The cost of Gold

Gold status can be earned with 50K MQMs and a $25K MQD waiver.  Let’s assume that you earn 5K MQMs through actual flying or through rollover from the year before.  In that case, one path to manufacture Gold status is with a Delta Reserve card and $90K spend (which will give you 45K MQMs).  Here are the costs involved:

  • Delta Reserve Card Annual Fee: $550
  • $90K spend at 2%: $1,800

Value (swap out for your own values):

  • Delta Reserve Card Perks: $525
  • Delta SkyMiles Earned: 90,000 miles worth $1,170
    (based on Frequent Miler’s Reasonable Redemption Value of 1.3 cents per mile)
  • Gold status value: $400

Is it worth it?

  • Total cost: $2,350
  • Total value: $2,095
  • No it’s not worth it.

Note that the estimates above assume that you earn only 1 mile per dollar for all spend.  Starting Jan 30th 2020, Delta Reserve cards will earn 3X on Delta spend, so you may earn more miles.  If a lot of your spend is on Delta, though, you may not need to manufacture elite status at all since you may earn it through actual flights.

Alternate path to Gold: Two Platinum cards

In 2020, the Platinum cards will have much more useful bonus categories than the Reserve cards.  For example, the consumer card will offer (among other things) 2X at US Supermarkets, and the Business Platinum card will offer 1.5X on each eligible purchase of $5,000 or more (capped at $100K spend).  If you think that you’ll spend within these categories, it could make more sense to get both Platinum cards rather than one Reserve card.  At the extreme end, let’s assume that you spend $50K on the consumer Platinum card entirely at grocery stores and $50K on the business Delta Platinum card entirely with purchases of $5,000 or more.  In that case, here’s the math:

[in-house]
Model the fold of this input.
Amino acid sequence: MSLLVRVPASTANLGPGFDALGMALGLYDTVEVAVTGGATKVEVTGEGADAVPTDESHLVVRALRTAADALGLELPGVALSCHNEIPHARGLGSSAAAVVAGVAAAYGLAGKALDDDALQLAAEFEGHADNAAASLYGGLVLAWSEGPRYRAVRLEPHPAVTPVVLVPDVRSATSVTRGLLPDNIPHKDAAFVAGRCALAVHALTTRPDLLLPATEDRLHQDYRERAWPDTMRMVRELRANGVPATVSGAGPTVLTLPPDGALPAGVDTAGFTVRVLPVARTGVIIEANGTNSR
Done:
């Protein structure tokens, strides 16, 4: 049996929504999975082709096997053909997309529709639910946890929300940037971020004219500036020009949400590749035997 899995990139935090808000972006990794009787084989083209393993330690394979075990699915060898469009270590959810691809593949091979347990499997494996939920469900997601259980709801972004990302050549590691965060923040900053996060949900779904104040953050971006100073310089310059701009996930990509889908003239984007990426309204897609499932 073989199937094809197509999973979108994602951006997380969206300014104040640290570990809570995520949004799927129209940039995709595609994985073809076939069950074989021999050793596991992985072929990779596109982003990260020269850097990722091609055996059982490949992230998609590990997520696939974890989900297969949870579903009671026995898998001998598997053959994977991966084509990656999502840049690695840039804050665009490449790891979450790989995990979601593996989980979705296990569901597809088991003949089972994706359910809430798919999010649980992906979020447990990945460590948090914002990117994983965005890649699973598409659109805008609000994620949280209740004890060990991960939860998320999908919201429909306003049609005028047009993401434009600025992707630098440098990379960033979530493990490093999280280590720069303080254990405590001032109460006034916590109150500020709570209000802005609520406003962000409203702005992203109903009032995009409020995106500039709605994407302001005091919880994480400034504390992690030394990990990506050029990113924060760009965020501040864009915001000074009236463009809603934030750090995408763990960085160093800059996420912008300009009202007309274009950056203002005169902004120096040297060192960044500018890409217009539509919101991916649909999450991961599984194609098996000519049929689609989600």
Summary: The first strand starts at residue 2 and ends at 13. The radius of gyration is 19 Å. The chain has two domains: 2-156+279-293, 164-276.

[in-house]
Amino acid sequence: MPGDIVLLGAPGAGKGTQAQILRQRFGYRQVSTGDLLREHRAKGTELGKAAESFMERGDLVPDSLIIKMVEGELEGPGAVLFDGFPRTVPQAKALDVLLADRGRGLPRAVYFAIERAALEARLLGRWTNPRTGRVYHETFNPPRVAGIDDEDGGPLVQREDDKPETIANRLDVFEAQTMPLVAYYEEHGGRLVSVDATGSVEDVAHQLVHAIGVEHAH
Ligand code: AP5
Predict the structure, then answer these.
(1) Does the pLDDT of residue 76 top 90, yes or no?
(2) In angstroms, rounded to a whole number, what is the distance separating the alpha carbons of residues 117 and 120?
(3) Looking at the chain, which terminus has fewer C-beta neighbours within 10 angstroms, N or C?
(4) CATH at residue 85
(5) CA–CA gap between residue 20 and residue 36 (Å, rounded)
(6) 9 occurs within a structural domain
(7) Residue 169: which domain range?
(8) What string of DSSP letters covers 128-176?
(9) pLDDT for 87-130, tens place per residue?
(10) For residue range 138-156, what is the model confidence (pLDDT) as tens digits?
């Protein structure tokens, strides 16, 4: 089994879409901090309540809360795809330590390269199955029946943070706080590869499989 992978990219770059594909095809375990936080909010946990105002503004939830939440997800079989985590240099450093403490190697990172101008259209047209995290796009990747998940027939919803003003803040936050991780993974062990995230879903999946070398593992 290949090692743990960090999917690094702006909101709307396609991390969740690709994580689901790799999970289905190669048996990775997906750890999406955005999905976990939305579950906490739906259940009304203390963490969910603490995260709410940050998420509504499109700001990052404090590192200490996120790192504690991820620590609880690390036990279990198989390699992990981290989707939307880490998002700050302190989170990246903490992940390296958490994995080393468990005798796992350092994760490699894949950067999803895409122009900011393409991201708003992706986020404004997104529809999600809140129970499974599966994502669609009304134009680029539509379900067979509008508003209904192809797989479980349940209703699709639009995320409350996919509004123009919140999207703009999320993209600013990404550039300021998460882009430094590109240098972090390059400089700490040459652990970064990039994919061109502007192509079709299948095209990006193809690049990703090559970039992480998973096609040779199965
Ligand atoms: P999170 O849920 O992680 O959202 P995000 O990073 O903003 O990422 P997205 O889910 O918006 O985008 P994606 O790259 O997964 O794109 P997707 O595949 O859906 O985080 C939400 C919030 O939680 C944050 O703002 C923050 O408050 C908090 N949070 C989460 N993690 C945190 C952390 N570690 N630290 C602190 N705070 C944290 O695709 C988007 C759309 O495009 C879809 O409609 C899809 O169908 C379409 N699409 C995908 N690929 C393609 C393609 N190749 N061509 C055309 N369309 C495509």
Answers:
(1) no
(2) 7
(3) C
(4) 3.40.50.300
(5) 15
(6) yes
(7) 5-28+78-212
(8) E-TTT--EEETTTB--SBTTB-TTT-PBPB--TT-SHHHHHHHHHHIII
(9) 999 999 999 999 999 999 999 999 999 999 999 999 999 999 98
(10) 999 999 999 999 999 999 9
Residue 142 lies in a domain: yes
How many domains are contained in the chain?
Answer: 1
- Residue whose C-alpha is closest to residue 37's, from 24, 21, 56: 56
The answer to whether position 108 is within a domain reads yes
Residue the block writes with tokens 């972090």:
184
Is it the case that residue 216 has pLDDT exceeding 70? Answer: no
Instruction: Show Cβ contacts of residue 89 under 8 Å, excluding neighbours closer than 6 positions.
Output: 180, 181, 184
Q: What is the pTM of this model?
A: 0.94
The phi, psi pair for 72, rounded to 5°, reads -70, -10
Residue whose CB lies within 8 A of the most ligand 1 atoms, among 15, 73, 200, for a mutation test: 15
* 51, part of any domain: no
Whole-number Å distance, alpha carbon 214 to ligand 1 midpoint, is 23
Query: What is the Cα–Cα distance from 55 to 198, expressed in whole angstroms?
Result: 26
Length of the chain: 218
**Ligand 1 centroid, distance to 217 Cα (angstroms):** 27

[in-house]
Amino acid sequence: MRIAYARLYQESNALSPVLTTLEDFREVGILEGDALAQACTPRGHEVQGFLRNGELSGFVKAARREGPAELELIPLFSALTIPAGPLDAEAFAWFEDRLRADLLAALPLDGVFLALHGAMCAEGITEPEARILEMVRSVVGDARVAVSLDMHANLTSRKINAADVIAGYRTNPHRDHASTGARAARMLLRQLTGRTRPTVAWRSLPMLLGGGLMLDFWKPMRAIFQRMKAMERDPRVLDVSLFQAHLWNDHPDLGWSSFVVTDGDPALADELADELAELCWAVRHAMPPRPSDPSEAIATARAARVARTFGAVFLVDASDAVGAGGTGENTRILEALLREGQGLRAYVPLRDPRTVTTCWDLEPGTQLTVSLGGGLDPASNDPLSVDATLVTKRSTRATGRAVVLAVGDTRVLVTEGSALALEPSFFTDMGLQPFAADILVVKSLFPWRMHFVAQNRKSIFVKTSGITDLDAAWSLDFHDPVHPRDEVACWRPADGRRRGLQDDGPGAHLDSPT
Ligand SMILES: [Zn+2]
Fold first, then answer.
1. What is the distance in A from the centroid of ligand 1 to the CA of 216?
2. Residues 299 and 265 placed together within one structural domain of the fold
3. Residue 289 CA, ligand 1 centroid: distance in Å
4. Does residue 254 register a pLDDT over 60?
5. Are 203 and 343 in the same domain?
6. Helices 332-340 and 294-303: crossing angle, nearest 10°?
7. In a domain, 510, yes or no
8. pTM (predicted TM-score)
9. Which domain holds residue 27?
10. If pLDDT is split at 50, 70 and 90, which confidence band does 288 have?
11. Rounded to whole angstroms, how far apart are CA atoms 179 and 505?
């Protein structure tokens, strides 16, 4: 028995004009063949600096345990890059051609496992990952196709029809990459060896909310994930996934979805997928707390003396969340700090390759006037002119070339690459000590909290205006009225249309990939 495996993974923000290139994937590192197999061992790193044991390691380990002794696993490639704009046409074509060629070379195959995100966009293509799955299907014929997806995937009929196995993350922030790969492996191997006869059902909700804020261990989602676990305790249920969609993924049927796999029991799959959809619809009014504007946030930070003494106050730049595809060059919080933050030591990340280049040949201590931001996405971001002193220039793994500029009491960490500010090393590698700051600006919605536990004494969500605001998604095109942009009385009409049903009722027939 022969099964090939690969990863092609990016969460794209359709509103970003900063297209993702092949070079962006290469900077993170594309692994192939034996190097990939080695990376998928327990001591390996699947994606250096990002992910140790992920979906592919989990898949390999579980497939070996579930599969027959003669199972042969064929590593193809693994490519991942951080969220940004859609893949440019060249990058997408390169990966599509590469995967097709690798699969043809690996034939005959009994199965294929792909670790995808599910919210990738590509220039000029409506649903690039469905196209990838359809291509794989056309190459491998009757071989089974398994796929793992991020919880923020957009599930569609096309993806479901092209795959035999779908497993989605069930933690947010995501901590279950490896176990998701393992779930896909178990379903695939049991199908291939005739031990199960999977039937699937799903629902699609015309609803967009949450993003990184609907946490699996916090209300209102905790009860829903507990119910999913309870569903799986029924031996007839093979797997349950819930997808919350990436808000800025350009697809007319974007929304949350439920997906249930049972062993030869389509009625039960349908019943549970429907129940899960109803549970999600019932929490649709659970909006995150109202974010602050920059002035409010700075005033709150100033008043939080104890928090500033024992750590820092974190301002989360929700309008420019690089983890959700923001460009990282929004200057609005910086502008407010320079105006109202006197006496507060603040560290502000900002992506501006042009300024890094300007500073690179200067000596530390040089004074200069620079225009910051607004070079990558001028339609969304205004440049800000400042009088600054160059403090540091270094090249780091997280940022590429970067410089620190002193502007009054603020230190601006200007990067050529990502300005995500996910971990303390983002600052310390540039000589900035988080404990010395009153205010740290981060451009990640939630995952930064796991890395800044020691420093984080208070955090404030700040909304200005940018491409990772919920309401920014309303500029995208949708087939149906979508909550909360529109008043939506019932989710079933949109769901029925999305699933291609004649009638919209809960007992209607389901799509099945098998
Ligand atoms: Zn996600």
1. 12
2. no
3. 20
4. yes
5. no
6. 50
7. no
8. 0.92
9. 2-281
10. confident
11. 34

• Two Platinum Cards Annual Fee: $250 x 2 = $500
  • $100K spend at 2%: $2,000

Value (swap out for your own values):

  • First Delta Platinum Card Perks: $150
  • Second Delta Platinum Card Perks: $150
  • Delta SkyMiles Earned on Consumer Platinum card at 2X: 100,000 miles worth $1,300
    (based on Frequent Miler’s Reasonable Redemption Value of 1.3 cents per mile)
  • Delta SkyMiles Earned on Business Platinum card at 1.5X: 75,000 miles worth $975
    (based on Frequent Miler’s Reasonable Redemption Value of 1.3 cents per mile)
  • Gold status value: $400

Is it worth it?

  • Total cost: $2,500
  • Total value: $2,975
  • Yes it’s worth it (but remember that this assumes all spend earns bonuses)

The cost of Platinum

Platinum status can be earned with 75K MQMs and a $25K MQD waiver.  Let’s assume that you earn 15K MQMs through actual flying or through rollover from the year before.  In that case, one path to manufacture Platinum status is with a Delta Reserve card and $120K spend (which will give you 60K MQMs).  Here are the costs involved:

  • Delta Reserve Card Annual Fee: $550
  • $120K spend at 2%: $2,400

Value (swap out for your own values):

  • Delta Reserve Card Perks: $525
  • Delta SkyMiles Earned: 120,000 miles worth $1,560
    (based on Frequent Miler’s Reasonable Redemption Value of 1.3 cents per mile)
  • Platinum status value: $1,050

Is it worth it?

  • Total cost: $2,950
  • Total value: $3,135
  • Yes it’s worth it, but not by a wide margin

This is just one scenario of many possibilities for manufacturing Delta Platinum status.